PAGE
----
Australia v New Zealand, 1st Test, Brisbane, 2nd day December 2, 2011

Sutherland questions bad light call

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James Sutherland, the Cricket Australia chief executive, has questioned the bad light call that ended day two of the first Test against New Zealand at 4.38pm local time with blue sky still visible above the Gabba.

A crowd of 11,103 and a far larger television audience was staggered when the umpires Aleem Dar and Asad Rauf led the players from the field, ostensibly because their light meters were showing the same reading that had called play off early on day one minutes before a storm engulfed the ground.

Rauf told ABC radio that "it looks brighter than yesterday but we have to follow the light meter", but Sutherland was as miffed as many other observers and said the decision had shown little regard for spectators, who seem less likely to support Test cricket the more often such decisions are made. Sutherland said: "Cricket needs to be looking after fans as our first priority, we need to work harder to give them more, not less".

A CA spokesman said Sutherland also intended to take the matter further.

"James Sutherland intends to take up the 'bad light' issue with the ICC, and will argue that cricket needs to take better care of putting fans first," the spokesman said. "Sutherland has spoken to the match referee [Andy Pycroft] tonight to understand bad light decision, respects their decision but wants ICC review."

Nathan Lyon, the Australian offspinner, said there was frustration among the players as well as spectators under current regulations that take the matter of bad light out of the hands of the two teams and entirely at the discretion of the umpires.

"It's certainly frustrating that's for sure," he said. "But saying that it is difficult to pick the ball up, especially when it is overcast and it is dark and I know it's frustrating for all the players. But it comes down to players' safety and at the end of the day it is only cricket, but certainly frustrating."

New Zealand's spinner Daniel Vettori reckoned there would always be complaints about bad light, irrespective of who had the power to decide on continuing play.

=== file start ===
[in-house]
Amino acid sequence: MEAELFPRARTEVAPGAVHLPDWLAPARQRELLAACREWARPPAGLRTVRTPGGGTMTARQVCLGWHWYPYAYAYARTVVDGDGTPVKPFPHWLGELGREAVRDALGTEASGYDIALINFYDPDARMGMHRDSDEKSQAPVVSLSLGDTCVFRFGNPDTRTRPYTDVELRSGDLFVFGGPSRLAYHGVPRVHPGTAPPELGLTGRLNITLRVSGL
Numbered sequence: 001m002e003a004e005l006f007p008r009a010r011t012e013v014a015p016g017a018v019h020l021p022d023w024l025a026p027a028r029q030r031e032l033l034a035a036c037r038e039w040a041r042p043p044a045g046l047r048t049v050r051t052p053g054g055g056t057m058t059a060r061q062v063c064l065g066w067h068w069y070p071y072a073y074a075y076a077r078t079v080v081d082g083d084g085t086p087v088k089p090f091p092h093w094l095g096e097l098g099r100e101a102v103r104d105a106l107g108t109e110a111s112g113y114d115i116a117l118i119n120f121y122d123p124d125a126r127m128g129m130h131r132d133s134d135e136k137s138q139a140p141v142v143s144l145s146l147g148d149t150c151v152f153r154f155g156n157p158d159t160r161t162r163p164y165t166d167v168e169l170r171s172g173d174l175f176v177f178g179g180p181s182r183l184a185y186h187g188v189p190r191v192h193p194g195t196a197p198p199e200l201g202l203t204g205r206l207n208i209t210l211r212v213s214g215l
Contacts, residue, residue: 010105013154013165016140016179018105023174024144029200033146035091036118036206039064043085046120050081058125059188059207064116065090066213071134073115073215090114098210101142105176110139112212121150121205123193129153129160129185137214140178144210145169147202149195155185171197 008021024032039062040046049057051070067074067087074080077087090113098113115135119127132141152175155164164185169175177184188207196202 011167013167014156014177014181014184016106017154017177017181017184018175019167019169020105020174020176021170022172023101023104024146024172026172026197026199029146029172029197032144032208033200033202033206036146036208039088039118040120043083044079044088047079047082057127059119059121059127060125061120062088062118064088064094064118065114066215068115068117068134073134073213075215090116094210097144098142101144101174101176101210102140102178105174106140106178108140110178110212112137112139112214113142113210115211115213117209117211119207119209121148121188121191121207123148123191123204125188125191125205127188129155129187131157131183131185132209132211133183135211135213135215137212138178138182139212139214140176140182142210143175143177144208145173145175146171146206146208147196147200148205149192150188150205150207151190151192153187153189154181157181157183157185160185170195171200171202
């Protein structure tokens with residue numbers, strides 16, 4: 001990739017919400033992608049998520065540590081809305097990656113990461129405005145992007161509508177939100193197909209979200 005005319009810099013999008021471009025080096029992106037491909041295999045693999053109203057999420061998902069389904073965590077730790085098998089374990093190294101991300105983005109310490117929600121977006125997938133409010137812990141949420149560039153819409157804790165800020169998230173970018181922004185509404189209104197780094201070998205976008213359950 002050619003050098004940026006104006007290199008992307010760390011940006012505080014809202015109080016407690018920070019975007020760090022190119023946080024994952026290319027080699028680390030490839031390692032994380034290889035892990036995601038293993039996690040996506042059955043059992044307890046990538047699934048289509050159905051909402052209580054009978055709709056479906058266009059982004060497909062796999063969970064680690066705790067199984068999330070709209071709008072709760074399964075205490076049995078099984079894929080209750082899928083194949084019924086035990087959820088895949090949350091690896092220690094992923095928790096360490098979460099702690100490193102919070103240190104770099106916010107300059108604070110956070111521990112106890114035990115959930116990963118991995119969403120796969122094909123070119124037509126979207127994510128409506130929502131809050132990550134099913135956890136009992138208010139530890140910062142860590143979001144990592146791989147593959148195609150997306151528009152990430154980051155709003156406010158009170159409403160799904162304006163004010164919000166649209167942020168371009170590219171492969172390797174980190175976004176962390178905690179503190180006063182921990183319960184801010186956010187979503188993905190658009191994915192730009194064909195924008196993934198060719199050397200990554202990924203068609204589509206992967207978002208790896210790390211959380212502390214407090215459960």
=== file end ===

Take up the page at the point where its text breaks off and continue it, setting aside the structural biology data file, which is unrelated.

"When it was the other way people complained about that, now it's this way people complain about this, it's just the way it is," he said. "They set a number for the game yesterday and it reached that, so they have to be consistent. It is different when you're fielding to when you're batting, so yesterday it got really dark and it got tough to see, if the light was exactly the same as that it would've been tough to see."

Daniel Brettig is an assistant editor at ESPNcricinfo

Comments have now been closed for this article

  • on December 3, 2011, 6:52 GMT

    There must be continuity in the decisions by the umpires; taking last day's call into play the umpires have done the correct thing!

  • on December 3, 2011, 6:16 GMT

    Sutherland should have the rules changed rather taking his anger on two most outstanding umpires in Cricket. Aleem Dar, Simon Teufel, Asad Rauf make Cricket fair and exciting. Sutherland's irritation is certainly misplaced. He should learn some manners to respect people and rules.

  • jonesy2 on December 3, 2011, 5:45 GMT

    the call was a joke. i blame the umpires, its their decision. shocking stuff. common sense is not all that common they say, and it aint.

  • Ghummann67 on December 3, 2011, 2:49 GMT

    Rules are framed to be followed as have been done by both the empires to safeguard the larger intersts of the game instead of pondering over the desires of the croud. Croud don't want a player to be given out at 99 but law dictatates he is out as per laws of cricket. In this situation should we regard the wishes of people or the law of cricket set by the cricketing governing body??? instead of blaming empires, Chief CA better go to ICC for review of law.

  • D.V.C. on December 2, 2011, 23:20 GMT

    At the very least, if the umpires make the call that it is too dark this should be able to be overturned by the agreement of the fielding captain and the batsmen at the crease.